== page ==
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Poor Man's unmanaged, home, segmented, Network

Poor Man's unmanaged, home, segmented, Network

(OP)
Hello everyone,

I'm going to be setting up my mom's home network. My plan is to configure everything, label it, and then ship it off to her. She rents rooms and there are devices which require internet access ( solar, fridge, IoT devices ). At one point, there were 60 devices connected ( printers, cell phones, tablets, laptops, chromecast, old guests, etc ) and the poor service provided router/modem couldn't handle the connections. I can foresee times where I'm going to need to tell her to press the reset button on routers. So I'm wondering about the easiest setup and management; recommended practices.

I was thinking of two networks. One, her personal, and the other guests/housemates. I think I need 3 routers, but maybe 4. The routers would be ones made for home; not business class.

My plan is the following:

Modem -> Main Router ( wired only )
Main Router Splits to Two Routers: WiFi Home and WiFi Guest/Housemate
Possibly, Main Router would have a 3rd connection to Router-IoTs.

Home - family pcs, tablets, dvd/smart tvs, cell phones, printers, file server ( USB to router, maybe networked )
Guest - all wifi, no wired connections.
IoT - Solar, Fridge, whatever other devices exist

For the Main, Home, and Guest, each would be connected via the Internet Port, and have DHCP enabled. The last step would be power timers to shutdown the Modem, Main, Home, and Guest routers routinely. Then power back on a few minutes after the previous power on.

Q1: For Home and Guest, should I set both up as 40MHz N only? I'm hoping these two routers will be far from each other. I believe, she will be the one with access to the ISP modem, main and home routers. The Guest would be in a more public spot.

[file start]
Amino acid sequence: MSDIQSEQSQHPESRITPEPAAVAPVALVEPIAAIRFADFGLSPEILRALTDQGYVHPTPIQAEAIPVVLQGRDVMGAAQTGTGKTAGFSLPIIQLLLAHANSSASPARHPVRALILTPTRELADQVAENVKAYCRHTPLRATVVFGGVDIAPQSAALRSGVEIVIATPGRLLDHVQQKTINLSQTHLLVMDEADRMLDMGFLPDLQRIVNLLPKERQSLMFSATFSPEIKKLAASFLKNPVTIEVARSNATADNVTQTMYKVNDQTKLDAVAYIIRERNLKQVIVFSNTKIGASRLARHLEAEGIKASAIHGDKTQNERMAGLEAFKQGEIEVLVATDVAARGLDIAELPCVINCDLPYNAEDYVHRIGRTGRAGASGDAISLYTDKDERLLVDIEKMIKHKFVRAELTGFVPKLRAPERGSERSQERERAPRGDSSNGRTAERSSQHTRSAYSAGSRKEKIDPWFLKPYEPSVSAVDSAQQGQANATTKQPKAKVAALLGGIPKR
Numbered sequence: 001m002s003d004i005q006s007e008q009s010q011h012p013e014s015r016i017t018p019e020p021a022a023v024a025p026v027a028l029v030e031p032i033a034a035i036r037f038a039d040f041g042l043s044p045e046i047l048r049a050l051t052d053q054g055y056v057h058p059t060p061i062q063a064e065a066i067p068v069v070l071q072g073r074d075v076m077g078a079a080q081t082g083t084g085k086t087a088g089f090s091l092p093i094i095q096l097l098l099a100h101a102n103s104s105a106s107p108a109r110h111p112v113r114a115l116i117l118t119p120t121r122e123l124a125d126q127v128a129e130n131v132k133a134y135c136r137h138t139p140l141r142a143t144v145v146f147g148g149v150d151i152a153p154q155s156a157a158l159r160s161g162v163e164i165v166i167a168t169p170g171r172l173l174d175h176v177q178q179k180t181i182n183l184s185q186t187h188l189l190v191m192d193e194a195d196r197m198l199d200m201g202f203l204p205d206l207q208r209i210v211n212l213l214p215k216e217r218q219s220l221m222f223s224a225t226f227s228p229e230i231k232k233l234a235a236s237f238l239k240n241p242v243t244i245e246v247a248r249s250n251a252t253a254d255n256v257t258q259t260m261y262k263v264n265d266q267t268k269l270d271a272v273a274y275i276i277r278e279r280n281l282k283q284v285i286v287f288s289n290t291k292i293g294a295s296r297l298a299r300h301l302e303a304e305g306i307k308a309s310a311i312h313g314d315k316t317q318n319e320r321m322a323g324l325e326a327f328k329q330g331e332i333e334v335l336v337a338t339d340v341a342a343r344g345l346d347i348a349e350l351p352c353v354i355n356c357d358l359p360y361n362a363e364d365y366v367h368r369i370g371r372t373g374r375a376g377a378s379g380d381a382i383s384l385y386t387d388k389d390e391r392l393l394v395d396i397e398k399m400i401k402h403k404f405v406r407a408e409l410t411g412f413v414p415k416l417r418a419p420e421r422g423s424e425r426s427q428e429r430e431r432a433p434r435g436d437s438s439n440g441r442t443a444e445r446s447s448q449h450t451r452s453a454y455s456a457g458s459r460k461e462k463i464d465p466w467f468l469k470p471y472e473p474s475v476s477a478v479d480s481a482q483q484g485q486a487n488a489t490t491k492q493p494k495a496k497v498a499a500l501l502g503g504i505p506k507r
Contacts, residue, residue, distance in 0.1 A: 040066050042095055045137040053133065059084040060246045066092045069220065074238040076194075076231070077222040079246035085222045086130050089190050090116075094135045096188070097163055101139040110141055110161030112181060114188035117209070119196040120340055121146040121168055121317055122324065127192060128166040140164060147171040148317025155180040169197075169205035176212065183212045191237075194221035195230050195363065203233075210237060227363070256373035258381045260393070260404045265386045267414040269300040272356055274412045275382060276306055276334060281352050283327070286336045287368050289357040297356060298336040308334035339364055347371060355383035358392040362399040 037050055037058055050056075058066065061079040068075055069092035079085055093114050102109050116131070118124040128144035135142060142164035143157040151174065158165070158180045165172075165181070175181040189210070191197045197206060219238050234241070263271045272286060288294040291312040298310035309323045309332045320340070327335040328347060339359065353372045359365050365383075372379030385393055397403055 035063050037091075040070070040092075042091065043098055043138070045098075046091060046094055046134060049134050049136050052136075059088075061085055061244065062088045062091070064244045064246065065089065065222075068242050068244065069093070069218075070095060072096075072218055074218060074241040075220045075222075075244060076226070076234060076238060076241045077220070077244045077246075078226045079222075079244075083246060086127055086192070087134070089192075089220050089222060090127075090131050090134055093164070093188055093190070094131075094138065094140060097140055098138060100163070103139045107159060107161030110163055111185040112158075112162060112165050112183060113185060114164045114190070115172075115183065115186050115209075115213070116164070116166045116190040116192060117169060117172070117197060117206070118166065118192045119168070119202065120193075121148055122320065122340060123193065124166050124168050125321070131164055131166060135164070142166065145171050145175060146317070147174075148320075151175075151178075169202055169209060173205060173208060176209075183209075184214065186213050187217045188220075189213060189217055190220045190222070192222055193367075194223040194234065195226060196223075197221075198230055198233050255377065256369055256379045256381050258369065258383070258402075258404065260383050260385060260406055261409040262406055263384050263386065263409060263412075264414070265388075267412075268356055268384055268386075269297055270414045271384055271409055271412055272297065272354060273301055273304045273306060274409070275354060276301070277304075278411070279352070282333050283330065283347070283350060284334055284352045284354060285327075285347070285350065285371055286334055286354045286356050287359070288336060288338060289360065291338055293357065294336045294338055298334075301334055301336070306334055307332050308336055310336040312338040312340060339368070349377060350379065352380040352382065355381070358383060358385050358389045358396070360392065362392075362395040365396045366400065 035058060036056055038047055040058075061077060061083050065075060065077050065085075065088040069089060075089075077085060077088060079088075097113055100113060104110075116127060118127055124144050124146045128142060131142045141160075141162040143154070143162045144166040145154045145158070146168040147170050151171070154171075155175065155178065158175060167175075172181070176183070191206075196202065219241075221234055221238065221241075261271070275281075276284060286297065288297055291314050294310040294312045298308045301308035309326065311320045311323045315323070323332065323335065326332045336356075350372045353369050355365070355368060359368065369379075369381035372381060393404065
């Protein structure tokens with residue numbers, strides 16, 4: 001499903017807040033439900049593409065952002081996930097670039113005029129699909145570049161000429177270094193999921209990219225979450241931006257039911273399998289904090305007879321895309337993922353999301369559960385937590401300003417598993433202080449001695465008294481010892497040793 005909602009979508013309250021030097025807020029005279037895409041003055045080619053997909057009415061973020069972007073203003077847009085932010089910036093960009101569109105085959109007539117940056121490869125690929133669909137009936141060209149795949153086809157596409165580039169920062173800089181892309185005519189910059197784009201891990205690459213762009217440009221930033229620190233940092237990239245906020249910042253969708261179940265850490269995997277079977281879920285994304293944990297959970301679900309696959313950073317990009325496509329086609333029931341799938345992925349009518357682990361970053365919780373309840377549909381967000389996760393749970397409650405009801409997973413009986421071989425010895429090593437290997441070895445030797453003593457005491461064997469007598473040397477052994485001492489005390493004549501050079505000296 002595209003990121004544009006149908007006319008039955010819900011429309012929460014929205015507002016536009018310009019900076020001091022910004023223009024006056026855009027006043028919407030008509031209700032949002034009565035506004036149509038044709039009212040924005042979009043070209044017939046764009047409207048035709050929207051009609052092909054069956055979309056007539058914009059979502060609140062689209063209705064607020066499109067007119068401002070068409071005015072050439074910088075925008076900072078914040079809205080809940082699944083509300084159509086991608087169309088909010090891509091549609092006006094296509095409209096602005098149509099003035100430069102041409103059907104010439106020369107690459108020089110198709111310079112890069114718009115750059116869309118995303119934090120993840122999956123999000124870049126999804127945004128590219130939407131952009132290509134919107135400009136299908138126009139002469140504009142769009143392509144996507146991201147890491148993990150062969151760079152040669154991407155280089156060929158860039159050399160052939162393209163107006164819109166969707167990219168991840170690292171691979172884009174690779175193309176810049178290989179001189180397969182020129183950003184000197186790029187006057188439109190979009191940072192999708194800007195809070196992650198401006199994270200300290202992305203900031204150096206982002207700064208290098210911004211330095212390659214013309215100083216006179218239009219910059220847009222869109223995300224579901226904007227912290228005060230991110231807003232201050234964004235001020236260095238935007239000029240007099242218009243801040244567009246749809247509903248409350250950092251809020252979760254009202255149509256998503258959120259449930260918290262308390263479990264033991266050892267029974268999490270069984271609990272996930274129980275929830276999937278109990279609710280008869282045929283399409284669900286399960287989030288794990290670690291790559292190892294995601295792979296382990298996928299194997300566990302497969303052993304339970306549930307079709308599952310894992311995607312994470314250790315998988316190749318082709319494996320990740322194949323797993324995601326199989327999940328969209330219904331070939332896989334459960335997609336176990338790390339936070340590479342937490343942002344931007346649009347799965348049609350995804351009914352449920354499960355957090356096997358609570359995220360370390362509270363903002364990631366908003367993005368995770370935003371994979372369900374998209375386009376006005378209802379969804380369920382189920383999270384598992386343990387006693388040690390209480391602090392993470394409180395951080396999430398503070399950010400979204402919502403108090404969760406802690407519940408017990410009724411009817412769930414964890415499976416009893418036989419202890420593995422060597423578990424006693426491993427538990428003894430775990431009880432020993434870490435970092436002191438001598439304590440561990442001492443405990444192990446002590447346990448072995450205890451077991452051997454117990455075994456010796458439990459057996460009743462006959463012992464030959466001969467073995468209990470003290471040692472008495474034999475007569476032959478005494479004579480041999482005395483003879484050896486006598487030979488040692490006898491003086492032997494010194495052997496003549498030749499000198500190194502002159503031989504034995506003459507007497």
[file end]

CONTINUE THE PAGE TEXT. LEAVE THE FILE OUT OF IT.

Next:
Q2: For IoT I can go with 20 MHz G only? How much more interference would this cause? Do these devices need to have access to the home network? Is this needed?

My urge is to further segment the home into wi-fi and wired, but that might be too much. I know she can understand, give guests this password, only family gets this password, and cable-repair/solar/fridge/repair person the IoTs this password.

Q3: Am I missing anything?

Thank you for your help and thoughts.

RE: Poor Man's unmanaged, home, segmented, Network

Way too complicated and shouldn't be using routers.
Why not just use ACCESS POINTS and one router. Then create a second SSID and turn on Access Point isolation if you don't want devices to see each other. Multiple ROUTERS in such a small environment is NOT the correct way to set things up. It creates all kinds of routing issues and firewall issues if you ARE connecting from LAN port on one router to the WAN port on another router.

Should just be:
MODEM > ROUTER > SWITCH (if needed) > As many access points as needed.
Wired devices connected directly to switch

Access Point SSID/settings
HOME access point isolation NOT enabled
GUEST all wifi, no wired connections includes IoT devices, access point isolation enabled